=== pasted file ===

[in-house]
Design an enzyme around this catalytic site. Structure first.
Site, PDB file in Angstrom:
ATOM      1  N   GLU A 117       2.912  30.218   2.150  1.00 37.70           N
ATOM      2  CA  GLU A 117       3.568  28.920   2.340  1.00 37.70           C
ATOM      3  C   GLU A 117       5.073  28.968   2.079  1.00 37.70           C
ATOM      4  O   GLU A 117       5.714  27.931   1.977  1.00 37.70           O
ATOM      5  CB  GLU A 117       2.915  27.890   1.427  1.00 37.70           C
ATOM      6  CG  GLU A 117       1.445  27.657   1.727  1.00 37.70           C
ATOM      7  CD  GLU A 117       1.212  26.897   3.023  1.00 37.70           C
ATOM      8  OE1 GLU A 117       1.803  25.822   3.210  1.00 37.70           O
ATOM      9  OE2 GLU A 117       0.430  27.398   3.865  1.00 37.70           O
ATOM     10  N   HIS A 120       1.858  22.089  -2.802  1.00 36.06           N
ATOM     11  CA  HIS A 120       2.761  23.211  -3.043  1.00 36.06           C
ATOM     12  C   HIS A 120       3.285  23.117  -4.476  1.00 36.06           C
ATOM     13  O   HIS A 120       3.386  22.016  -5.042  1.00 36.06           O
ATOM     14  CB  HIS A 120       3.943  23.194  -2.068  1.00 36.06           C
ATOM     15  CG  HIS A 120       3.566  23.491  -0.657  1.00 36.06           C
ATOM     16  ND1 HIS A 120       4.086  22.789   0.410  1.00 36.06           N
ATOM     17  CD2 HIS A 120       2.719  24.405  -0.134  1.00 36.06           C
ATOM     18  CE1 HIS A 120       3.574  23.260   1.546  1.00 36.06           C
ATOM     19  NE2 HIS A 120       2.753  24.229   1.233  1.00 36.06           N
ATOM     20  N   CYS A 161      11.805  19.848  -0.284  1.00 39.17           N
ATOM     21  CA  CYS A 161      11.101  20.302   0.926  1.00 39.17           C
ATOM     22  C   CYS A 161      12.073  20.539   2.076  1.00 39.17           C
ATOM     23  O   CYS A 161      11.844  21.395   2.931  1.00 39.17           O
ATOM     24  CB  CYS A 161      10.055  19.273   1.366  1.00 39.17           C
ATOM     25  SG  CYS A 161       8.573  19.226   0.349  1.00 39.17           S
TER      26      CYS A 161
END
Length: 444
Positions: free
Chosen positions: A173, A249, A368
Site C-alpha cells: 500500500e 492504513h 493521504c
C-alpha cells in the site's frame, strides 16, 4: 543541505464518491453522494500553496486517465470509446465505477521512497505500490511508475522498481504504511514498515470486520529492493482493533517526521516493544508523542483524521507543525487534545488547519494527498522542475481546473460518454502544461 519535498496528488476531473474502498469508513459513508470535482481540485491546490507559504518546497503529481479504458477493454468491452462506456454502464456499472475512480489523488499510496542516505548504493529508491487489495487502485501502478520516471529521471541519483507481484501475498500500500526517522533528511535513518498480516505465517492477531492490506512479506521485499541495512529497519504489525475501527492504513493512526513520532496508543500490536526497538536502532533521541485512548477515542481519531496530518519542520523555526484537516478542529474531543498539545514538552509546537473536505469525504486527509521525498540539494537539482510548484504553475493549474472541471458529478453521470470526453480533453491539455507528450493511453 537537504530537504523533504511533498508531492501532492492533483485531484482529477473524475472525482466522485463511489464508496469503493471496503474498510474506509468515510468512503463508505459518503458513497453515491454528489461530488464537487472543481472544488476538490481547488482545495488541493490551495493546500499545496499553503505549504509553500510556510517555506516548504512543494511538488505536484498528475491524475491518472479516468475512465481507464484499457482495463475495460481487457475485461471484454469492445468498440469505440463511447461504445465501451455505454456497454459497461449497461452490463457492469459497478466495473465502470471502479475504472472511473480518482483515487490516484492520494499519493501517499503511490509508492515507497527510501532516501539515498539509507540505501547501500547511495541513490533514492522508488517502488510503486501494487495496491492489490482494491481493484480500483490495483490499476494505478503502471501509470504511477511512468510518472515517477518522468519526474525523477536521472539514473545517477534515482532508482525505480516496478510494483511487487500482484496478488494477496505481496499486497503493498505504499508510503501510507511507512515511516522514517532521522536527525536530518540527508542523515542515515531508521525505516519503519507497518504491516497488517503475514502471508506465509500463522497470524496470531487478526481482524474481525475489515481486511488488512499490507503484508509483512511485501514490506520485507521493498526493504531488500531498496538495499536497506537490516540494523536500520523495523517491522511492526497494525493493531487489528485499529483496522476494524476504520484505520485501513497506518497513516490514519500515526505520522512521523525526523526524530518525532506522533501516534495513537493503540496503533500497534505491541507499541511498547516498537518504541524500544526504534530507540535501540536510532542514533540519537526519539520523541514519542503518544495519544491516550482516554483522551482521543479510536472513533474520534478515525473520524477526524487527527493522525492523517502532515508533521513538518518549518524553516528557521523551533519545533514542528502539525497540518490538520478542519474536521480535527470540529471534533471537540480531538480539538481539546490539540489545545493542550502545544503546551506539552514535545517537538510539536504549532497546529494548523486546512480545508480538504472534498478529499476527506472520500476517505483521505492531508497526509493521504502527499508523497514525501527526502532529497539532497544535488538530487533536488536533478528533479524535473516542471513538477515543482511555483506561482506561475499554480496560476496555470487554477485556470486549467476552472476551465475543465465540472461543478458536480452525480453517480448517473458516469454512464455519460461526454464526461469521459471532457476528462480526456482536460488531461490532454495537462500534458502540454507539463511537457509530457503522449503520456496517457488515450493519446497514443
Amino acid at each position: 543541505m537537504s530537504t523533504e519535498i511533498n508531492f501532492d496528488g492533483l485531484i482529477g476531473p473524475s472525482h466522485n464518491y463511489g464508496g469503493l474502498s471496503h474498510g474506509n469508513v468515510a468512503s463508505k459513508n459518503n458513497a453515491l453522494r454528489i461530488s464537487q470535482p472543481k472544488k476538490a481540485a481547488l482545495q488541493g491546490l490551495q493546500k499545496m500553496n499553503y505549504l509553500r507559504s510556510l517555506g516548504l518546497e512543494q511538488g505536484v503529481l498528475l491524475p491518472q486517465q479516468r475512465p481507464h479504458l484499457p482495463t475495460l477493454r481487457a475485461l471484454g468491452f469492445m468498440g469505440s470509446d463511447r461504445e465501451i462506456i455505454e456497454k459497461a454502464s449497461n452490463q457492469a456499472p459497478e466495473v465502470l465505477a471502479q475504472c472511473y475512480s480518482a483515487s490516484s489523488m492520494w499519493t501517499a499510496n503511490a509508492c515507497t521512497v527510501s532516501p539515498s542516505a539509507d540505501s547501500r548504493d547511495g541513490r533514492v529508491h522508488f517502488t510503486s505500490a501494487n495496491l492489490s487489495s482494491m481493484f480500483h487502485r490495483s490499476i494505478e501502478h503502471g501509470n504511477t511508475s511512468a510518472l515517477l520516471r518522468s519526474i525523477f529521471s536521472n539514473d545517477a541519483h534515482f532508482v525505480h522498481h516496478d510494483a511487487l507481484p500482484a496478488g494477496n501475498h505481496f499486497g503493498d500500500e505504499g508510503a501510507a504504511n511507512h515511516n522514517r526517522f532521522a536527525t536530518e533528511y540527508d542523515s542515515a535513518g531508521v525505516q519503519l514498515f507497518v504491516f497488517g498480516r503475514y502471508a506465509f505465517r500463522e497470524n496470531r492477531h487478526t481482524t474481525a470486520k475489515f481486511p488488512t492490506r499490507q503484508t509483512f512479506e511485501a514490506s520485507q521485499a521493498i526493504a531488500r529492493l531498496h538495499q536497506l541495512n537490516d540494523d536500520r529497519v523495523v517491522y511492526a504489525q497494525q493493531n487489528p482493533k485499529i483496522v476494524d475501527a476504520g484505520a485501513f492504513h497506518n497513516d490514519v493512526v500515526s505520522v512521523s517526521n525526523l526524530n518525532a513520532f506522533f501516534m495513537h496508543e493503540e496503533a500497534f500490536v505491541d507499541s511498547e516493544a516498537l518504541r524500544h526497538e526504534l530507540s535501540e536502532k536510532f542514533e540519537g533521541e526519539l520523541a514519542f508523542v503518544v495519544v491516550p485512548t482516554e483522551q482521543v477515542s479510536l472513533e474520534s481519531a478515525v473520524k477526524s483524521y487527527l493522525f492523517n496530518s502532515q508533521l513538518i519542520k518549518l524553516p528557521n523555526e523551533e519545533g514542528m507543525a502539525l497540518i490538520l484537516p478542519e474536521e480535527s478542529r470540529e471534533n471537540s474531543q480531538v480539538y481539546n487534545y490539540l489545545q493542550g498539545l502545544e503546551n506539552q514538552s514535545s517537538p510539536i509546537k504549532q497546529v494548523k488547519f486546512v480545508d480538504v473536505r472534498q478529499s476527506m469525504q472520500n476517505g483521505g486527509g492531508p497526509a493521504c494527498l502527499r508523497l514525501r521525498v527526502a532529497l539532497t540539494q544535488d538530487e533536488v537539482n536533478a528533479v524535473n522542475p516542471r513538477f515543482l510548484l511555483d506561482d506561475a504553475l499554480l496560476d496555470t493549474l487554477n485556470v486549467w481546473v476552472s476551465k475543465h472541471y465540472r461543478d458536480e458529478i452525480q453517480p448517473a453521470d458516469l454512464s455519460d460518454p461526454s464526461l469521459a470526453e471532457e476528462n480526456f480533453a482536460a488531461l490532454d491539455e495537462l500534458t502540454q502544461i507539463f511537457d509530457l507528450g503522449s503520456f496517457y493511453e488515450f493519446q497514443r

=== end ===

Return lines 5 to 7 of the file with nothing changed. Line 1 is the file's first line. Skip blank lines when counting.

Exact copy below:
ATOM      2  CA  GLU A 117       3.568  28.920   2.340  1.00 37.70           C
ATOM      3  C   GLU A 117       5.073  28.968   2.079  1.00 37.70           C
ATOM      4  O   GLU A 117       5.714  27.931   1.977  1.00 37.70           O